John Mishefske wrote:

James, you have selfcert.exe generated certs to work on PCs other than the one the cert
was generated on? That's not supposed to happen...
I'm sorry for being unclear on this point. I use selfcert.exe on the
target PC. After that, I usually modify the mdb by importing the
changes rather than compacting so that I don't have to create the
Digital Signature again.
The "proper" procedure is to get a cert from a Certificate Authority but the cost/process
may be unreasonable for some applications.
I'm not aware of any EULA's being violated by using selfcert.exe. For
a custom app selfcert.exe seems quite "proper." I certainly trust the
author :-). In what situations would a cert from a Certificate
Authority be useful?
There are work arounds ranging from modifying registry settings (that is considered rude
to do to a customer/client without their approval) to using Automation to start Access and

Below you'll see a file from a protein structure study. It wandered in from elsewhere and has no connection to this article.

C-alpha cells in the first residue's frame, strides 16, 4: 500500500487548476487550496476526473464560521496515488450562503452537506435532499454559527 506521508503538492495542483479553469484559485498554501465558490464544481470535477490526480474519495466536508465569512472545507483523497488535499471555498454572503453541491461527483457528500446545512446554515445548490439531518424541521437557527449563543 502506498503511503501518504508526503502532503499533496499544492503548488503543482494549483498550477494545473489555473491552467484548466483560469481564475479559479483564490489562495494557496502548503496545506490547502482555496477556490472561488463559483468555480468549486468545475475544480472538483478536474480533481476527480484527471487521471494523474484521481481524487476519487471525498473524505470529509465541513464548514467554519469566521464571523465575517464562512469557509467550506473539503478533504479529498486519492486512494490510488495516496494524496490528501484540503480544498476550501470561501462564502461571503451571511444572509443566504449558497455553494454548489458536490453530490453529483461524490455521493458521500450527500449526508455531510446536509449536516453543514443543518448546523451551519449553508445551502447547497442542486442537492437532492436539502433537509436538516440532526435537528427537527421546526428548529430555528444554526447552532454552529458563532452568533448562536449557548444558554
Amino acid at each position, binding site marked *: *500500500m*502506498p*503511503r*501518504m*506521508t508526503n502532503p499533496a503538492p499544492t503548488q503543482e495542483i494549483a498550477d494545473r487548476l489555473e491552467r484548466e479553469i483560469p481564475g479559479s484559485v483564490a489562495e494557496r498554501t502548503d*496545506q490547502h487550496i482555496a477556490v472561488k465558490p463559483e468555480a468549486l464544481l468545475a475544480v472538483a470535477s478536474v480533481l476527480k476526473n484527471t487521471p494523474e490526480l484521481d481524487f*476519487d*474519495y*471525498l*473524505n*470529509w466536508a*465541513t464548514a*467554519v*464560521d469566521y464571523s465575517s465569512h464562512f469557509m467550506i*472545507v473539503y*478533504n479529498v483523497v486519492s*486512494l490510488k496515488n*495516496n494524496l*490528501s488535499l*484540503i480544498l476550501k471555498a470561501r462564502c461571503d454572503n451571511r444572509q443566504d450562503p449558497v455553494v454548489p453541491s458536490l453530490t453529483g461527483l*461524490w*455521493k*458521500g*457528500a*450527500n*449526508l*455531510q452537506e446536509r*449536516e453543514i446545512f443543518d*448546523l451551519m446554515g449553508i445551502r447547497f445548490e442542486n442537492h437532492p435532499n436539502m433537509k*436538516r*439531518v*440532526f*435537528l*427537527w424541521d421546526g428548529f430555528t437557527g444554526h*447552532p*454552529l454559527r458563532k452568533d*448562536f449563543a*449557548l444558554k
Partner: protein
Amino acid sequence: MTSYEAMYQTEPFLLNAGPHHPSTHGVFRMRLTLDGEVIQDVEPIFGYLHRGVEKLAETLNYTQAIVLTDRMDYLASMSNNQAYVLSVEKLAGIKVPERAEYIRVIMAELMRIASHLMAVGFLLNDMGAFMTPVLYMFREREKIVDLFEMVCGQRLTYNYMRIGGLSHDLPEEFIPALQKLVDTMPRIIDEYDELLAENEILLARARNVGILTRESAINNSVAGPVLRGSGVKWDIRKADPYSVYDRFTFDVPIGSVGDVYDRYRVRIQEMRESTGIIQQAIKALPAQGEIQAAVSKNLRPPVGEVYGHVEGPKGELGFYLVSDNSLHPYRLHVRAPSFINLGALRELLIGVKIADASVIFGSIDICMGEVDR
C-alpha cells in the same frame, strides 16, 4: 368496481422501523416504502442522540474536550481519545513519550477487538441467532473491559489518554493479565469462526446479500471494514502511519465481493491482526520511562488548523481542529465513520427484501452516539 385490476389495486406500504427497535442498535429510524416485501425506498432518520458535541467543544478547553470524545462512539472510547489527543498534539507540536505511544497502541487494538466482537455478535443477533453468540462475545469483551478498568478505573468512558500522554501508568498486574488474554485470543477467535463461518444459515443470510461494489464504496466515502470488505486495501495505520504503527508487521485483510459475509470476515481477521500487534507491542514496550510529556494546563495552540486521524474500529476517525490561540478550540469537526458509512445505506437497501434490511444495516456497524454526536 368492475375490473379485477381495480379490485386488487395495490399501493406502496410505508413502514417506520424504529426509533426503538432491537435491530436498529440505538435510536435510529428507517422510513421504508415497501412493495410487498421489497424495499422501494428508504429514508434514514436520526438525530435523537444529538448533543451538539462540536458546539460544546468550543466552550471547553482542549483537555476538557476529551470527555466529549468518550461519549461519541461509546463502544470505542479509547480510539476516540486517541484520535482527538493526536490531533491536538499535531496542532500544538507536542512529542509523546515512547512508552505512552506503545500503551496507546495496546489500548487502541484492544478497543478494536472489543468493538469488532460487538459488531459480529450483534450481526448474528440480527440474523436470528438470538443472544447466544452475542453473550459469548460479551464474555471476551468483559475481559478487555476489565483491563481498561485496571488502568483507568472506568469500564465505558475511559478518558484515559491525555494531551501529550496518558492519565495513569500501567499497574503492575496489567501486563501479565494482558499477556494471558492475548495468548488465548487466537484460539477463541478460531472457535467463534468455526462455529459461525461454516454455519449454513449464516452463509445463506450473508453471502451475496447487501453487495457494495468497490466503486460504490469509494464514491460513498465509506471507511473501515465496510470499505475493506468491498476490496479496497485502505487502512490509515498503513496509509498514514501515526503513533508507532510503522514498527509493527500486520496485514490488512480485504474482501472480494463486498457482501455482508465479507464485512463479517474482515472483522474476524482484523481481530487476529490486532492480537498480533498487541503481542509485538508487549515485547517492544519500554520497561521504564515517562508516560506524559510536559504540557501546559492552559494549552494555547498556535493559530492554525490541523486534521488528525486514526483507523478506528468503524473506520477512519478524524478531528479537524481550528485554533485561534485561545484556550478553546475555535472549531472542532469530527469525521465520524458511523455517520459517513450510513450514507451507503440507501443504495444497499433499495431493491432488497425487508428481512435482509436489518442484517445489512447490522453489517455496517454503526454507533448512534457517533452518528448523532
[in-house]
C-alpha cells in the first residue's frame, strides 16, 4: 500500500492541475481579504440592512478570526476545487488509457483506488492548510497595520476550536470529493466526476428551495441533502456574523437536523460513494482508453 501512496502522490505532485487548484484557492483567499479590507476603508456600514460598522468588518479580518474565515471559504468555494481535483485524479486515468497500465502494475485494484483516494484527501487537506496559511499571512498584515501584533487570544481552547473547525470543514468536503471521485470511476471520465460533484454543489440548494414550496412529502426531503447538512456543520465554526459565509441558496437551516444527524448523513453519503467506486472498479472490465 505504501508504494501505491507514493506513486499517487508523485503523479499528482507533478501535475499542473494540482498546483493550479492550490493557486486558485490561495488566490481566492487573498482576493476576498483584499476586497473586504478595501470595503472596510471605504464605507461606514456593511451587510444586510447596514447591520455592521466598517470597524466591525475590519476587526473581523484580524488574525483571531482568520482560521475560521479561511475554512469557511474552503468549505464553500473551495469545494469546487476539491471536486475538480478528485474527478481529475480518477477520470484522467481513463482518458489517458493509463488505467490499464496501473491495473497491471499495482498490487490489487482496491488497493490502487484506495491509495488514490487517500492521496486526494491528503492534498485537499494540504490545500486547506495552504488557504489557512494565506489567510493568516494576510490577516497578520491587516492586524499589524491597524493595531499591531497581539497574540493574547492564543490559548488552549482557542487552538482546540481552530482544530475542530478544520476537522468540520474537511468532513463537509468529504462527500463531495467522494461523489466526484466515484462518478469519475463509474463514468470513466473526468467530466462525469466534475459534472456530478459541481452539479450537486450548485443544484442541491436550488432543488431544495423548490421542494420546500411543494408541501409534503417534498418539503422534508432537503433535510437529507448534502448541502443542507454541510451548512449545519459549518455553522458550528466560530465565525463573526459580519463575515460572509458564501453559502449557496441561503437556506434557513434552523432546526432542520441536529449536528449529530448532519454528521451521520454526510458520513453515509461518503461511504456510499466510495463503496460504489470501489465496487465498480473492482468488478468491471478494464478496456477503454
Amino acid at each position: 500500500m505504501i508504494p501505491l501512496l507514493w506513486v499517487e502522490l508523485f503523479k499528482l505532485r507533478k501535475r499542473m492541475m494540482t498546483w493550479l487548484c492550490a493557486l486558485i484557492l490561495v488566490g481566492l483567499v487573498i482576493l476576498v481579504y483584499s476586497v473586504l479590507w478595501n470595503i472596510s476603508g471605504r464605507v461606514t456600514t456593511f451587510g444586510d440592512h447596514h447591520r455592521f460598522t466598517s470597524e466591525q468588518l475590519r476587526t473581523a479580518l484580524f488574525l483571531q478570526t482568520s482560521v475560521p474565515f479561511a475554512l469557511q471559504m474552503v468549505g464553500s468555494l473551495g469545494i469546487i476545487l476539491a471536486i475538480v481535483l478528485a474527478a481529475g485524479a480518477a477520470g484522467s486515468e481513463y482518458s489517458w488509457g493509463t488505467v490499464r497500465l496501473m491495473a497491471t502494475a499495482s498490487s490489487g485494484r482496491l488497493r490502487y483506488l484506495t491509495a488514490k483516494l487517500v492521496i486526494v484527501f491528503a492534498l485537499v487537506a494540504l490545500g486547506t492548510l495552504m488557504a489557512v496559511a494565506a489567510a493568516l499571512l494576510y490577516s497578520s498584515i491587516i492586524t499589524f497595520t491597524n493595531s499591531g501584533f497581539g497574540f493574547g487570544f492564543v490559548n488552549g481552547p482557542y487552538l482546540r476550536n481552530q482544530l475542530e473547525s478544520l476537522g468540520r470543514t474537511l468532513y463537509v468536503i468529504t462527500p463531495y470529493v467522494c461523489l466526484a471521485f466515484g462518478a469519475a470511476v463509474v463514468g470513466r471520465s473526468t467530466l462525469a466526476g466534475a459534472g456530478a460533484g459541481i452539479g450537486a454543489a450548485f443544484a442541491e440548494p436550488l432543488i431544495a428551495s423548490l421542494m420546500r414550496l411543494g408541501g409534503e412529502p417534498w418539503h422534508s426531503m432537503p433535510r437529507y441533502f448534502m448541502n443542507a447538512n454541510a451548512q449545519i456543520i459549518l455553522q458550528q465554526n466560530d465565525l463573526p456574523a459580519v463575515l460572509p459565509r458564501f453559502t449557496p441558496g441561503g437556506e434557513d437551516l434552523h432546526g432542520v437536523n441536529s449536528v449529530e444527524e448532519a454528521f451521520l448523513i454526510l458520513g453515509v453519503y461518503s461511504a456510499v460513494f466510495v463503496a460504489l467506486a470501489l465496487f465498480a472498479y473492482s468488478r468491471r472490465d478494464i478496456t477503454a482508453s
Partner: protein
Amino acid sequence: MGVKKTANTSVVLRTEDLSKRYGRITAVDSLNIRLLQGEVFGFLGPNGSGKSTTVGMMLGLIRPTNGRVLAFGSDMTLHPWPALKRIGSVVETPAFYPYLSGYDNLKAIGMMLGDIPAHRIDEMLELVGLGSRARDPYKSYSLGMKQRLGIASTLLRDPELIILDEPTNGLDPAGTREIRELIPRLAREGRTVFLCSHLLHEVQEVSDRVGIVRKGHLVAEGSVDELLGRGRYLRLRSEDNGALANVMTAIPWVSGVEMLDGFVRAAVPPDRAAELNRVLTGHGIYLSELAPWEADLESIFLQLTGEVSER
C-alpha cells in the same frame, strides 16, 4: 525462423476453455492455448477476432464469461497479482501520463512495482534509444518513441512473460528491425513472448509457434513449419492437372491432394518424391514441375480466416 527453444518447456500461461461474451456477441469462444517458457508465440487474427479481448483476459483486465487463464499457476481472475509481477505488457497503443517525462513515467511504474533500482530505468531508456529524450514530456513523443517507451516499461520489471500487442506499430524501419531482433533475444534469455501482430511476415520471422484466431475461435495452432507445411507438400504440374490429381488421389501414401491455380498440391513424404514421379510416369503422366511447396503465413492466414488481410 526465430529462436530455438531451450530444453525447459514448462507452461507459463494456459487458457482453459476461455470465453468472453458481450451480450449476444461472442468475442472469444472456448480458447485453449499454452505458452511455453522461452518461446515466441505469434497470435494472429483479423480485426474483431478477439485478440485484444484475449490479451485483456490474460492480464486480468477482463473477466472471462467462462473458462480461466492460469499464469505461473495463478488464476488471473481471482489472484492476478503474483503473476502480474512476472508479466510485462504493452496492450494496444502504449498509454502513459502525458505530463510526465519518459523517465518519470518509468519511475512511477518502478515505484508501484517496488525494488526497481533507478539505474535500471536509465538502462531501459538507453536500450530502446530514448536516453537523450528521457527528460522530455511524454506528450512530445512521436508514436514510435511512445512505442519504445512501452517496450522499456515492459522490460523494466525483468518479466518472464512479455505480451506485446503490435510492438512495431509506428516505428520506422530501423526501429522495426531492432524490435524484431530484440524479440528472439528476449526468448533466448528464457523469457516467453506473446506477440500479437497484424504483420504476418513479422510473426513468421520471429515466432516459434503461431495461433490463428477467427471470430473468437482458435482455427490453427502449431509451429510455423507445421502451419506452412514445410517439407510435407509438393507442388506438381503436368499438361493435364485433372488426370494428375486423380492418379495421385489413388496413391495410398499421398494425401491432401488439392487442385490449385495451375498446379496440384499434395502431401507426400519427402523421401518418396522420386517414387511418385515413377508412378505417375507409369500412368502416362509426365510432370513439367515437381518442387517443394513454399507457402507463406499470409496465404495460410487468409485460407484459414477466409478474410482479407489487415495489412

modify the security settings for the immediate session.
I definitely don't want to change any registry settings. With
selfcert.exe I don't have to change the security settings at all.
If you search this group on "macro security 2003" you should get lots of info.


That's a possibility. I'm more interested in why I had to do the
Trusted Sources for only one particular machine.

James A. Fortune

Nov 13 '05 #5

P: n/a
John Mishefske wrote:

James, you have selfcert.exe generated certs to work on PCs other than the one the cert
was generated on? That's not supposed to happen...
I'm sorry for being unclear on this point. I use selfcert.exe on the